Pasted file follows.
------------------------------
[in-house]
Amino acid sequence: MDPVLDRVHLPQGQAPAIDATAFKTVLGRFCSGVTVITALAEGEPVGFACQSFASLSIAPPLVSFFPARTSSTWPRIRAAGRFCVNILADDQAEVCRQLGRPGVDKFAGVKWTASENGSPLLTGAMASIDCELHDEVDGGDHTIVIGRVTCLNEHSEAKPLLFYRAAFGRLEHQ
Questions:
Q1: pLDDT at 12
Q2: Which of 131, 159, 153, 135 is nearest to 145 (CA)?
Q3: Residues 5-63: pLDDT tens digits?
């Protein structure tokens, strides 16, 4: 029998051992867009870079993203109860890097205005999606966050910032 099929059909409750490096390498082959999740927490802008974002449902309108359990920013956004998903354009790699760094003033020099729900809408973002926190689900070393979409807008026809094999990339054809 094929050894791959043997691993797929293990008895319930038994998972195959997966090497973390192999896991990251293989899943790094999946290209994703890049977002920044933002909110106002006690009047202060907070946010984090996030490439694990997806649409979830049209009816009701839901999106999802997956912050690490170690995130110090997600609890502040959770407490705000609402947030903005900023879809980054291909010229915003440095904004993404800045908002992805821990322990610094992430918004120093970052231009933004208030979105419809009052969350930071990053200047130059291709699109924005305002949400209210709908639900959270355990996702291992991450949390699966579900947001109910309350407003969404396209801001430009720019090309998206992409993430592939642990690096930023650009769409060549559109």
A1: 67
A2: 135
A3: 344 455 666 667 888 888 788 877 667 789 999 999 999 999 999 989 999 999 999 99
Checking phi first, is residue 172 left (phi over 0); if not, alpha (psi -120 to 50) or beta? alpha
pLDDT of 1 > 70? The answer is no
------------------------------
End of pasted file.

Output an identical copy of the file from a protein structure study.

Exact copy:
[in-house]
Amino acid sequence: MDPVLDRVHLPQGQAPAIDATAFKTVLGRFCSGVTVITALAEGEPVGFACQSFASLSIAPPLVSFFPARTSSTWPRIRAAGRFCVNILADDQAEVCRQLGRPGVDKFAGVKWTASENGSPLLTGAMASIDCELHDEVDGGDHTIVIGRVTCLNEHSEAKPLLFYRAAFGRLEHQ
Questions:
Q1: pLDDT at 12
Q2: Which of 131, 159, 153, 135 is nearest to 145 (CA)?
Q3: Residues 5-63: pLDDT tens digits?
């Protein structure tokens, strides 16, 4: 029998051992867009870079993203109860890097205005999606966050910032 099929059909409750490096390498082959999740927490802008974002449902309108359990920013956004998903354009790699760094003033020099729900809408973002926190689900070393979409807008026809094999990339054809 094929050894791959043997691993797929293990008895319930038994998972195959997966090497973390192999896991990251293989899943790094999946290209994703890049977002920044933002909110106002006690009047202060907070946010984090996030490439694990997806649409979830049209009816009701839901999106999802997956912050690490170690995130110090997600609890502040959770407490705000609402947030903005900023879809980054291909010229915003440095904004993404800045908002992805821990322990610094992430918004120093970052231009933004208030979105419809009052969350930071990053200047130059291709699109924005305002949400209210709908639900959270355990996702291992991450949390699966579900947001109910309350407003969404396209801001430009720019090309998206992409993430592939642990690096930023650009769409060549559109």
A1: 67
A2: 135
A3: 344 455 666 667 888 888 788 877 667 789 999 999 999 999 999 989 999 999 999 99
Checking phi first, is residue 172 left (phi over 0); if not, alpha (psi -120 to 50) or beta? alpha
pLDDT of 1 > 70? The answer is no